A gray 2023 Honda Accord is shown parked near a coffee shop.

Honda Accord Enters a New Generation: What Commuters Need to Know

Since its debut in 1976, the Honda Accord has gone on to become a best-seller and find a loyal following among commuters and road trippers alike. As a midsize sedan, it strikes a great balance between fuel economy and spaciousness. An efficient engine and aerodynamic shape help each gallon of gas go a long way, but it’s not quite as compact as the Civic, so drivers are more comfortable behind the wheel and can more easily carpool, fit plenty of groceries inside on errand runs, and bring friends along for the ride on the weekend.

The 2023 Honda Accord marks the first year of the model’s eleventh generation. While a lot of the Accord’s features will already be familiar to long-time fans of the brand, there’s also plenty that’s fresh and new. If you’re considering getting a new car for your daily commute, then you’ve come to the right place. We’re going to take a look at what this new generation of Accord has to offer, so you can decide whether or not it’s right for you.

A blue 2023 Honda Accord Sport Touring is shown driving on a highway.


Just looking at the 2023 Accord, it’s easy to see that its styling is more modern than the outgoing model. The upright grille gives the car a bold appearance, and standard blacked-out LED headlights are both functional and fashionable. Of course, there are some things about the Accord that simply already worked and didn’t need changing. It continues to feature a sleek silhouette with a long hood and an aerodynamic roofline. The Accord’s stylish exterior can help you make a good impression on your co-workers and bosses since it looks professional and elegant.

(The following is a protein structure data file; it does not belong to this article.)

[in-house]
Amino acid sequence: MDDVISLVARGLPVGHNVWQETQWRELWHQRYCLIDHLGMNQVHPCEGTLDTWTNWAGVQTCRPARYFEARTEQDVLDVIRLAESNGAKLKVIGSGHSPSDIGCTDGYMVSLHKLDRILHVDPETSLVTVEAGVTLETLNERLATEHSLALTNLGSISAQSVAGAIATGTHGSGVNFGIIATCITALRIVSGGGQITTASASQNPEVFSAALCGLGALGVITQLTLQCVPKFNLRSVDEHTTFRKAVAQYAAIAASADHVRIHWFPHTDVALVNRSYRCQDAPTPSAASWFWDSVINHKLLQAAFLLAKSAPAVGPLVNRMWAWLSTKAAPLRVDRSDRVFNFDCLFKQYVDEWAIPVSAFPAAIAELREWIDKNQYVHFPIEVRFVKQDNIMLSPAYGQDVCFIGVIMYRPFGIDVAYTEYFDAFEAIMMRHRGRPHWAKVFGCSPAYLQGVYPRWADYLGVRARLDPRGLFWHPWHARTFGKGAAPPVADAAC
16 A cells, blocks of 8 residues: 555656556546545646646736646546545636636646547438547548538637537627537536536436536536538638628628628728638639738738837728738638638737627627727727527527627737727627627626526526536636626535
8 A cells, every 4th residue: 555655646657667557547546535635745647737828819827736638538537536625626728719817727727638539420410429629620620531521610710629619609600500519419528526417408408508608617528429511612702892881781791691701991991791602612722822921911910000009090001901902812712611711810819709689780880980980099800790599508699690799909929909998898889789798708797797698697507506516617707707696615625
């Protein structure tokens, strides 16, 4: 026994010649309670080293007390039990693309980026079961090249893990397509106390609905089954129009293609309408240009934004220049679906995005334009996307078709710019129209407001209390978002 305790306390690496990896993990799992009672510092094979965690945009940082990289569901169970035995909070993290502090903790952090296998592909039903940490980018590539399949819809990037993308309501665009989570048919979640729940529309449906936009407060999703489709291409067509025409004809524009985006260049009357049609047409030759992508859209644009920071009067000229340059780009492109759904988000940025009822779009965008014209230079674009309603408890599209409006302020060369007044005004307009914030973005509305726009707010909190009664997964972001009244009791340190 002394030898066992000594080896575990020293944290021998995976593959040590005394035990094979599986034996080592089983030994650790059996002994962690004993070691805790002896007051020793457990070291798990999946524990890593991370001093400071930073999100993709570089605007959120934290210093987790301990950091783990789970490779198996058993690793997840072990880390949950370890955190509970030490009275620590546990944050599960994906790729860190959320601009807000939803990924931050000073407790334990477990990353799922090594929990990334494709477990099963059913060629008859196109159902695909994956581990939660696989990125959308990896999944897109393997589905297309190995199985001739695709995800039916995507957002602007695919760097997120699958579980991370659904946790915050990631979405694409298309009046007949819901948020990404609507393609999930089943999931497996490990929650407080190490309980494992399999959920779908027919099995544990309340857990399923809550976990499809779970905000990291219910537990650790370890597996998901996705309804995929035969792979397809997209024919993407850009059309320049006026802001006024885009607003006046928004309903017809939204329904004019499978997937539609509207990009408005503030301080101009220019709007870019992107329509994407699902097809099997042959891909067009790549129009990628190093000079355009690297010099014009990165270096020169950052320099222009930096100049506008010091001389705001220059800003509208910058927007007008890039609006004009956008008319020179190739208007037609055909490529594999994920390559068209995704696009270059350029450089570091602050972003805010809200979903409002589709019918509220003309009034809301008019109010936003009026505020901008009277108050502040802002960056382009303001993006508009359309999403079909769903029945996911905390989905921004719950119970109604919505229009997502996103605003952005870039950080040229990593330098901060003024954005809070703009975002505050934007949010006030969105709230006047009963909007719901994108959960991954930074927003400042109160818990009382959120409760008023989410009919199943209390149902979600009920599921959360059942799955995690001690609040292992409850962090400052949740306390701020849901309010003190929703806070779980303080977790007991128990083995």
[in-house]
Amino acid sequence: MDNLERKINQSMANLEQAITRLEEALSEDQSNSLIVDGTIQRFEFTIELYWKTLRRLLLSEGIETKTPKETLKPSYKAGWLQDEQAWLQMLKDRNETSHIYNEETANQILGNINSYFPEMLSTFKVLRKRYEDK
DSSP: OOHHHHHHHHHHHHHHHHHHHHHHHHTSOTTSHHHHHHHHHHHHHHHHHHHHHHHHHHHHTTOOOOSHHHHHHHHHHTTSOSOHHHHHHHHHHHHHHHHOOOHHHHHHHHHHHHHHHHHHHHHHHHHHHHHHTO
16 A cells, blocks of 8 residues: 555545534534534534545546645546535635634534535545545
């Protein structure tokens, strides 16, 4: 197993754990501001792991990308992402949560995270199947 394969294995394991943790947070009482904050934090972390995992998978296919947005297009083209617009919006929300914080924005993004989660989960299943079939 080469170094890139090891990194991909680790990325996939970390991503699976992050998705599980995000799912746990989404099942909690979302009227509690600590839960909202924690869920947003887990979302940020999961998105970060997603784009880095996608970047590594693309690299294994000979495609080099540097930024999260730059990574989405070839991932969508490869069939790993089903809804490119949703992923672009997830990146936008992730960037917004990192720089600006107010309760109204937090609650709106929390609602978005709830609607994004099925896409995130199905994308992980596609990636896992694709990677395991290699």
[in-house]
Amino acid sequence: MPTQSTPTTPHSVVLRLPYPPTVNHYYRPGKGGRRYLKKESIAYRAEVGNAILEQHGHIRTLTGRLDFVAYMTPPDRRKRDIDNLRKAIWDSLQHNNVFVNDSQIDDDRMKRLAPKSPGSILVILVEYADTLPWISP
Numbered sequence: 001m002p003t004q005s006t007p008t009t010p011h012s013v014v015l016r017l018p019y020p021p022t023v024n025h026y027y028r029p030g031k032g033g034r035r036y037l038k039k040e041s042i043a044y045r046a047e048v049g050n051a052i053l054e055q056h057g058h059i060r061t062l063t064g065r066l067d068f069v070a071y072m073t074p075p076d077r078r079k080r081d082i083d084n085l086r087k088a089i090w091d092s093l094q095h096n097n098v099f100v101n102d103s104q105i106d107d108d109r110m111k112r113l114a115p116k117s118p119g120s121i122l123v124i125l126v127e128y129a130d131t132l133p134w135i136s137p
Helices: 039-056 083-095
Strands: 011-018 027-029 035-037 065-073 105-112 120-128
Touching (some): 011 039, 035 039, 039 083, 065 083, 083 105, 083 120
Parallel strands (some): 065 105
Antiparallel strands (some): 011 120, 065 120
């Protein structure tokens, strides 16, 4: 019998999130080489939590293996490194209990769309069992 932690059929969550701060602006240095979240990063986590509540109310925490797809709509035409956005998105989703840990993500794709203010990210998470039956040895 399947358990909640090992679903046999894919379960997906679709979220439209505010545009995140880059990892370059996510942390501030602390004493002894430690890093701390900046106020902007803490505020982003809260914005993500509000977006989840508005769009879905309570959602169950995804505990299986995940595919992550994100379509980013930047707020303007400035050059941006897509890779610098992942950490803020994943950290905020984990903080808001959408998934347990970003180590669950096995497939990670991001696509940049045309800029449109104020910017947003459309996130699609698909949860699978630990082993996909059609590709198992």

Of course, the interior is likely to be the main focus for most commuters since they’ll be spending so much time there. The seats on the new generation have been upgraded to provide better support and reduce fatigue, so you can tackle longer drives without getting tired and sore. The dashboard surfaces are designed to reduce glare and reflections, so you won’t get distracted or temporarily blinded, even if you have to drive during sunrise or sunset. Thin pillars won’t obstruct your view too much, and the quieter cabin makes it easier to listen to your music or take calls while en route.

The Accord has been made longer for the 2023 model year, making the cabin more spacious than it was previously. This gives the front row more hip room and the back row more leg room, letting everyone stretch out a little more. Styling changes include a honeycomb mesh trim that hides the air vents, a unique touch that’s already been added to other Honda models, like the Civic and CR-V.

The black and gray interior and dash of a 2023 Honda Accord is shown.


The Accord’s two most affordable trim levels (LX and EX) still come standard with a traditional powertrain, specifically a turbocharged 1.5L 4-cylinder engine that provides 192 horsepower. This engine is similar to the one available on the 2022 Accord but has been tweaked for the new generation, now offering better emissions performance. The CVT transmission has also been upgraded to respond more quickly so that you can feel even more confident and in control behind the wheel. The EPA-estimated fuel economy rating has gone down slightly for this basic powertrain (dropping from 33 MPG to 32 MPG combined), probably because the curb weight has been slightly increased by the increase in the car’s length. But since the average 2023 vehicle gets only 28 MPG combined, according to the EPA, the basic trims still save you from pain at the pump when compared to other models.

If you’re looking for optimal fuel efficiency, then you’ll want to opt for a hybrid Accord. While a hybrid powertrain was an option for the previous generation, the 2023 lineup makes it even more prominent. The hybrid system is now the standard powertrain for all four higher-tier trims: Sport, EX-L, Sport-L, and Touring. Since the hybrid system received an even more extensive upgrade than the traditional powertrain, its EPA-estimated figures have improved for the new generation, despite the Accord’s extra length. The Sport/Touring hybrid has gone up from 43 MPG combined in 2022 to 44 MPG in 2023, and the non-Sport/Touring hybrid has gone up from 47 MPG to 48 MPG. That means that the most eco-friendly option is a full 20 MPG more efficient than the average 2023 vehicle, according to the EPA.